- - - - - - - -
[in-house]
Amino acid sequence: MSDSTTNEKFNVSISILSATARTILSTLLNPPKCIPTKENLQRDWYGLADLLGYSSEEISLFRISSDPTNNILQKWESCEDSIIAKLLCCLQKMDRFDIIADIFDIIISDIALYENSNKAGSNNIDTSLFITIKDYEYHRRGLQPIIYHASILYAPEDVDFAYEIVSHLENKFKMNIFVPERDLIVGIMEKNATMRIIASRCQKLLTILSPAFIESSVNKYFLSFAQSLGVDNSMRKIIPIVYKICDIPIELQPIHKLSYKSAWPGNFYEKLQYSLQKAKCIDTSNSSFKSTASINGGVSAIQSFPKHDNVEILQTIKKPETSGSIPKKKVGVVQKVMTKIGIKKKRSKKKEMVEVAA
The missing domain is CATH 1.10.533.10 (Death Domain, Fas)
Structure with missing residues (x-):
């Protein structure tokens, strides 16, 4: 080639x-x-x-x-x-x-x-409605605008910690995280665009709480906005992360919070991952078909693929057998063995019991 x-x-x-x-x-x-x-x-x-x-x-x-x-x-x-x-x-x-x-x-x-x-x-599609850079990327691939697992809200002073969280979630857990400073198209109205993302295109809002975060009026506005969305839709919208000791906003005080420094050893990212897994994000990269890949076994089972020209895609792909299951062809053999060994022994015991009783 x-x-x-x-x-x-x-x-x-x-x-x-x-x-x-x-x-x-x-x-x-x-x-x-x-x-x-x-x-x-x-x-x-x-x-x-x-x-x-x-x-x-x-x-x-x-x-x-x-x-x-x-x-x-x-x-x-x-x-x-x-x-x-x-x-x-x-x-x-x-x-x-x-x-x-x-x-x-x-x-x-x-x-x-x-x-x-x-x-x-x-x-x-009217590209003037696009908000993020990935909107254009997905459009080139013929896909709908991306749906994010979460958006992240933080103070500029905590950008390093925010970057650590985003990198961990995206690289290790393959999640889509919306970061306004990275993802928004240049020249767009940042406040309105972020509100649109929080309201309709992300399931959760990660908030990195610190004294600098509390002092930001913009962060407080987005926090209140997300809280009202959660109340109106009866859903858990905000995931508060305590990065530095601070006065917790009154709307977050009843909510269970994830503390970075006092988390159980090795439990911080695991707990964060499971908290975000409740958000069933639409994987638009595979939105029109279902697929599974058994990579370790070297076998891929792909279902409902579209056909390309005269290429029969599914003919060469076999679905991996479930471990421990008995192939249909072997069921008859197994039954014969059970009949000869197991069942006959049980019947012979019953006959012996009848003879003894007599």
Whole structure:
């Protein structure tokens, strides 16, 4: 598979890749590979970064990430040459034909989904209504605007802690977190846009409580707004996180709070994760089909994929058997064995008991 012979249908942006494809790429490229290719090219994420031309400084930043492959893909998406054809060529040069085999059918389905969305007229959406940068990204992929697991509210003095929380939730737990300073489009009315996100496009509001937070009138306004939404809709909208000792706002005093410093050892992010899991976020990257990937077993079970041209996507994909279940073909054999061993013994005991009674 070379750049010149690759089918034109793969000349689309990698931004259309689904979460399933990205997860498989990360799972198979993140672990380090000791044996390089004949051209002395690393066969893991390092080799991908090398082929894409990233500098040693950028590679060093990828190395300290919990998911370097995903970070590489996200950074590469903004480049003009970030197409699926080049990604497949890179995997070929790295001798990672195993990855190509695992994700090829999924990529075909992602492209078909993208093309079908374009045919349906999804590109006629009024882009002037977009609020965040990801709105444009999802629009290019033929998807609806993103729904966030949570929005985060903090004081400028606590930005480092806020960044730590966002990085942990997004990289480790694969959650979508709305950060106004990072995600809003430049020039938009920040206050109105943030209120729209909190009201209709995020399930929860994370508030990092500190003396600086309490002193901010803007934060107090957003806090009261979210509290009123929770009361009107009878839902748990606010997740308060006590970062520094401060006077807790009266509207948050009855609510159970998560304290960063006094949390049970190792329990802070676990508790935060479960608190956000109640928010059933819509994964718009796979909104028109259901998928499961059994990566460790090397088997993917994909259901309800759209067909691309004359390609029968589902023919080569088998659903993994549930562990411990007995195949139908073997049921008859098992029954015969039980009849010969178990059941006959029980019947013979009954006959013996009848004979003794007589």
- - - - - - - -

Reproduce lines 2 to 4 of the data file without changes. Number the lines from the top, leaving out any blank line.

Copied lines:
Amino acid sequence: MSDSTTNEKFNVSISILSATARTILSTLLNPPKCIPTKENLQRDWYGLADLLGYSSEEISLFRISSDPTNNILQKWESCEDSIIAKLLCCLQKMDRFDIIADIFDIIISDIALYENSNKAGSNNIDTSLFITIKDYEYHRRGLQPIIYHASILYAPEDVDFAYEIVSHLENKFKMNIFVPERDLIVGIMEKNATMRIIASRCQKLLTILSPAFIESSVNKYFLSFAQSLGVDNSMRKIIPIVYKICDIPIELQPIHKLSYKSAWPGNFYEKLQYSLQKAKCIDTSNSSFKSTASINGGVSAIQSFPKHDNVEILQTIKKPETSGSIPKKKVGVVQKVMTKIGIKKKRSKKKEMVEVAA
The missing domain is CATH 1.10.533.10 (Death Domain, Fas)
Structure with missing residues (x-):